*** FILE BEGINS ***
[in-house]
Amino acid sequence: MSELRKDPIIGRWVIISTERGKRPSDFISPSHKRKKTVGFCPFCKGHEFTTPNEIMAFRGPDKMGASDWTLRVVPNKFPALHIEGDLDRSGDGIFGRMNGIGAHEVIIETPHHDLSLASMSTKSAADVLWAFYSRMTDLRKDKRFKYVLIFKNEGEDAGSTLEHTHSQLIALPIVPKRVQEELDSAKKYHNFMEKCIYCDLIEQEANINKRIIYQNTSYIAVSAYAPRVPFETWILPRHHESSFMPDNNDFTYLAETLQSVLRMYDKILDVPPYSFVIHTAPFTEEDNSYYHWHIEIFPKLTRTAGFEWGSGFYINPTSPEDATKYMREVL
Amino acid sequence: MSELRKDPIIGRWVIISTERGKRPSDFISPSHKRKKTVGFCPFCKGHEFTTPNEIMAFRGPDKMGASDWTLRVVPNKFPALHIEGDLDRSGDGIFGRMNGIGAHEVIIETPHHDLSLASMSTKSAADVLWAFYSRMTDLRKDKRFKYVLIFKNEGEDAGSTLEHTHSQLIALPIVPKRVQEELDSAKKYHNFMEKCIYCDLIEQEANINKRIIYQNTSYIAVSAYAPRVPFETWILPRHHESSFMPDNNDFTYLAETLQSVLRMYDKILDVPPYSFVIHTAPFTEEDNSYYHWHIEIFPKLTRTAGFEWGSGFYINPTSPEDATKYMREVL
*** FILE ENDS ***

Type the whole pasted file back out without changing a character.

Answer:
[in-house]
Amino acid sequence: MSELRKDPIIGRWVIISTERGKRPSDFISPSHKRKKTVGFCPFCKGHEFTTPNEIMAFRGPDKMGASDWTLRVVPNKFPALHIEGDLDRSGDGIFGRMNGIGAHEVIIETPHHDLSLASMSTKSAADVLWAFYSRMTDLRKDKRFKYVLIFKNEGEDAGSTLEHTHSQLIALPIVPKRVQEELDSAKKYHNFMEKCIYCDLIEQEANINKRIIYQNTSYIAVSAYAPRVPFETWILPRHHESSFMPDNNDFTYLAETLQSVLRMYDKILDVPPYSFVIHTAPFTEEDNSYYHWHIEIFPKLTRTAGFEWGSGFYINPTSPEDATKYMREVL
Amino acid sequence: MSELRKDPIIGRWVIISTERGKRPSDFISPSHKRKKTVGFCPFCKGHEFTTPNEIMAFRGPDKMGASDWTLRVVPNKFPALHIEGDLDRSGDGIFGRMNGIGAHEVIIETPHHDLSLASMSTKSAADVLWAFYSRMTDLRKDKRFKYVLIFKNEGEDAGSTLEHTHSQLIALPIVPKRVQEELDSAKKYHNFMEKCIYCDLIEQEANINKRIIYQNTSYIAVSAYAPRVPFETWILPRHHESSFMPDNNDFTYLAETLQSVLRMYDKILDVPPYSFVIHTAPFTEEDNSYYHWHIEIFPKLTRTAGFEWGSGFYINPTSPEDATKYMREVL